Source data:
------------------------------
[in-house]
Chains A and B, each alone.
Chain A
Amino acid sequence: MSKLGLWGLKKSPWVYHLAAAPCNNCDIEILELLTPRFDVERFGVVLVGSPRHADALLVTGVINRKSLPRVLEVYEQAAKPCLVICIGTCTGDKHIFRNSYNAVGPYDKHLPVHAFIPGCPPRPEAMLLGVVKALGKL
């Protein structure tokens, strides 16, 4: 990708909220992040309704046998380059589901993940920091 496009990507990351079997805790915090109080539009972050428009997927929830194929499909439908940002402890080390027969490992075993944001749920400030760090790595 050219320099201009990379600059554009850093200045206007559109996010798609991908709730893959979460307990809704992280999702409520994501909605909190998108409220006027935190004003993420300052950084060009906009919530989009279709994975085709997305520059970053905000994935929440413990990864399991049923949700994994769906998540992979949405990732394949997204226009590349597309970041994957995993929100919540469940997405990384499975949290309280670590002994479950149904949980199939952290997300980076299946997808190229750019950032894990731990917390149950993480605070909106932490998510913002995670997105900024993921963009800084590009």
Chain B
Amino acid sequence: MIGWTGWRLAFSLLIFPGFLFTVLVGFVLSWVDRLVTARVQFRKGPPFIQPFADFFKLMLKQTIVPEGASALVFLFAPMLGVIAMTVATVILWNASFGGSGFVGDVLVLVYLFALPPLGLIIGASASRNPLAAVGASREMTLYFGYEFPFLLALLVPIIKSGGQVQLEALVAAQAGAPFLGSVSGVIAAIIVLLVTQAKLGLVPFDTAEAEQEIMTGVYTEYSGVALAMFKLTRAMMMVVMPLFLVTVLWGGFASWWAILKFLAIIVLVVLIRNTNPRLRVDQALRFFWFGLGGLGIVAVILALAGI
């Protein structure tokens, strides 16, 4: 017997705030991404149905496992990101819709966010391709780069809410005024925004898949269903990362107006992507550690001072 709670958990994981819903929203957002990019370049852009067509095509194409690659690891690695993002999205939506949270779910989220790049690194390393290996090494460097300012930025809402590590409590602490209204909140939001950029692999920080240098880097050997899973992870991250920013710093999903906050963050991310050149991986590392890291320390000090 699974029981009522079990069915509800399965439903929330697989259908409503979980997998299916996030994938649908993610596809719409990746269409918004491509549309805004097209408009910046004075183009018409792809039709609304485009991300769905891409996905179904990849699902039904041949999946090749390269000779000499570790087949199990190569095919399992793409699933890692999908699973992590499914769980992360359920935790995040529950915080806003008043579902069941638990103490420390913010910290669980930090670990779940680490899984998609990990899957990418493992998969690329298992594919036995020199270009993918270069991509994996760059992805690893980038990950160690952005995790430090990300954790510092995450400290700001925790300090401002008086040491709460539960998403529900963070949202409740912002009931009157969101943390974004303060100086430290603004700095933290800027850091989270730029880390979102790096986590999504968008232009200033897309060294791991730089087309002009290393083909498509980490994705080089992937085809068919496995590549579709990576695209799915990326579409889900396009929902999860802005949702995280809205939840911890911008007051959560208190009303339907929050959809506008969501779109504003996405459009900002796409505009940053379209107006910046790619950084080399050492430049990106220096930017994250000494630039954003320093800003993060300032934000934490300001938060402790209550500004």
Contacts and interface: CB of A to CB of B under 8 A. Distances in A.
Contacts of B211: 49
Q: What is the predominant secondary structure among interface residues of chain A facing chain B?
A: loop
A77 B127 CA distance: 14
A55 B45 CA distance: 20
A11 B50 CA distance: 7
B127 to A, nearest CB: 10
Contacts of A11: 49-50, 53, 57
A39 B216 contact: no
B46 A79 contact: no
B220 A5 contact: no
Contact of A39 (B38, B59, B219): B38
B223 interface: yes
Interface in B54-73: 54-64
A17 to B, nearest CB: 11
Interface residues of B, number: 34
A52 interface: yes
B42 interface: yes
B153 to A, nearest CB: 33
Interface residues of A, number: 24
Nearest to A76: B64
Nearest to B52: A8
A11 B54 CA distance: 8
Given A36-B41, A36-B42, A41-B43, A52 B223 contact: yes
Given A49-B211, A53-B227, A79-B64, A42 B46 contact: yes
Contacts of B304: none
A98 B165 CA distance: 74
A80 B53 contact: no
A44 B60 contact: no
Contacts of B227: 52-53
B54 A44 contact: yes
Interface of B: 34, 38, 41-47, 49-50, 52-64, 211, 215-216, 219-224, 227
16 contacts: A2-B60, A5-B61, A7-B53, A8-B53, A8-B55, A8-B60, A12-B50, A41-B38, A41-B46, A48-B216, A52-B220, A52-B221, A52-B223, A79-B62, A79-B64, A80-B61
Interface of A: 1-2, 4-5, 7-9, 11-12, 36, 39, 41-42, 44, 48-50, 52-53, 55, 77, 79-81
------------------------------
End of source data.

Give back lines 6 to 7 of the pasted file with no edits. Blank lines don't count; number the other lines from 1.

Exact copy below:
Chain B
Amino acid sequence: MIGWTGWRLAFSLLIFPGFLFTVLVGFVLSWVDRLVTARVQFRKGPPFIQPFADFFKLMLKQTIVPEGASALVFLFAPMLGVIAMTVATVILWNASFGGSGFVGDVLVLVYLFALPPLGLIIGASASRNPLAAVGASREMTLYFGYEFPFLLALLVPIIKSGGQVQLEALVAAQAGAPFLGSVSGVIAAIIVLLVTQAKLGLVPFDTAEAEQEIMTGVYTEYSGVALAMFKLTRAMMMVVMPLFLVTVLWGGFASWWAILKFLAIIVLVVLIRNTNPRLRVDQALRFFWFGLGGLGIVAVILALAGI